ASIA AND THE PACIFIC AFGHANISTAN: FEATURE STORY
A young mother in Afghanistan should not continue to die every 27 minutes
A swaddled newborn at Malalay Hospital in Kabul, Afghanistan, is his mother’s tenth child. The mother, now 30, delivered her first child at age 15. Four died within a day of birth.
Sixteen-year-old Ekleema is waiting to deliver her first baby. Her labour is progressing very slowly. After twenty-four hours there seems to be no end to her misery. She looks terrified and exhausted. She was married at 14 and has already had one miscarriage.
Ekleema lives in Afghanistan, where discovering you’re pregnant is akin to finding out you have a potentially fatal illness. She has a one in eight chance of dying during her lifetime – even though there’s nothing whatever wrong with her.
Luckily she doesn’t know these statistics. Like the vast majority of Afghan women, she cannot read or write. But you don’t need an education to know that childbearing in Afghanistan is a risky business. Every family has stories of lost mothers, daughters or sisters.
Ekleema’s chances of survival are good, she has been admitted to Kabul’s Malalai Hospital where her baby will be delivered by a trained doctor or midwife and emergency care is available, if needed.
The building is old and poorly equipped, but conditions here have improved significantly since the days of the Taliban when operations were frequently conducted by oil lamp because there was no electricity. Malalai has become one of Afghanistan’s leading training hospitals, providing qualified doctors and midwives for the country’s nascent health care system.
Six years ago, after decades of war, drought and civil unrest Afghanistan had nothing that could be described as a functioning medical system. A survey conducted by UNICEF and partners supported by the Ministry of Public Health shortly after the fall of the Taliban found that the maternal mortality rate in the country was among the worst in the world. In fact, with 1,600 women dying for every 100,000 live births, Afghanistan was second only to Sierra Leone which has the highest maternal mortality rate in the world.
There are many reasons why so many women were, and still are, dying during and after pregnancy; poverty, traditional cultural practices and difficult terrain are among them. One problem the country faced was an acute shortage of female medical professionals. Although the Taliban officially allowed women to study medicine, in reality few did. In addition, many qualified women left the country. One Malalai midwife described how her colleague left Afghanistan the day after being beaten by the Taliban for not wearing socks with her burka. Her story is not an isolated one.
This shortage of female health workers is particularly crucial because in Afghanistan it is unacceptable for a woman to be treated by a man. Only if she is in a critical condition would a family consider allowing this to happen.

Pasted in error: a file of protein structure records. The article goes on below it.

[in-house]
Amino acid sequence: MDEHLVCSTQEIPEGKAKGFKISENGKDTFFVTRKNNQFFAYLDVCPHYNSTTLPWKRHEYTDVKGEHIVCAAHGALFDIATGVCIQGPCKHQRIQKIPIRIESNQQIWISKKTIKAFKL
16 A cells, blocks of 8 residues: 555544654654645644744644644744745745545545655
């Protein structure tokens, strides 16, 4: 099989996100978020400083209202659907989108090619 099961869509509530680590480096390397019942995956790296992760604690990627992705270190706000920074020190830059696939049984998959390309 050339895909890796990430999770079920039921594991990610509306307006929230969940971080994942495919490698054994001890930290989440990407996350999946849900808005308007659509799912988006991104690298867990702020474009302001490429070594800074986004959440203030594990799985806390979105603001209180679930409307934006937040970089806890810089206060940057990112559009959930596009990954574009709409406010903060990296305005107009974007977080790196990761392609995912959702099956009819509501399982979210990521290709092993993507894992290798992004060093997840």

To address this shortage, in the last few years there has been a massive drive to recruit and train midwives. And special effort has been made to find women who are prepared to live in the most remote areas of the country where it is hard to keep staff. Today Afghanistan has more than 2,400 trained midwives, nowhere near the 8,000 needed but a big improvement on the 446 recorded in 2002.
According to UNICEF’s Dr. Hemlal Sharma, Afghanistan’s health system has made great strides. A good policy structure has been established, more than 80 per cent of the country now has a basic health package (up from 9 per cent five years ago) and there’s been a reduction in the infant mortality rate.
But many problems remain. The lack of security in some parts of the country continues to hamper progress. Not only does the ongoing unrest make it difficult, sometimes impossible, to create functioning medical facilities but it is also a drain on resources.
Fauzia Kufi is the Member of Parliament for the north-eastern province of Badakhshan, a remote mountainous area, where women sometimes have to walk for days to reach the nearest medical facility. Badakhshan has the worst recorded maternal mortality rate in the world, an appalling 6,500 maternal deaths for every 100,000 live births. The province is in desperate need of roads, hospitals and trained staff, but Kufi says that often her relatively peaceful part of the country is overlooked as funds are needed to fight the insurgency in the south of the country.
Despite the progress made in the last five years Kufi, a vocal campaigner for women’s rights, believes that the authorities have been slow to make maternal health a priority. She points out that currently Afghanistan has the attention of the world and that donors are providing money and expertise. “If we can’t do it now, when can we do it?” she asks rhetorically. If this opportunity is missed, she fears it will never come again and a young mother in Afghanistan will continue to die every 27 minutes.
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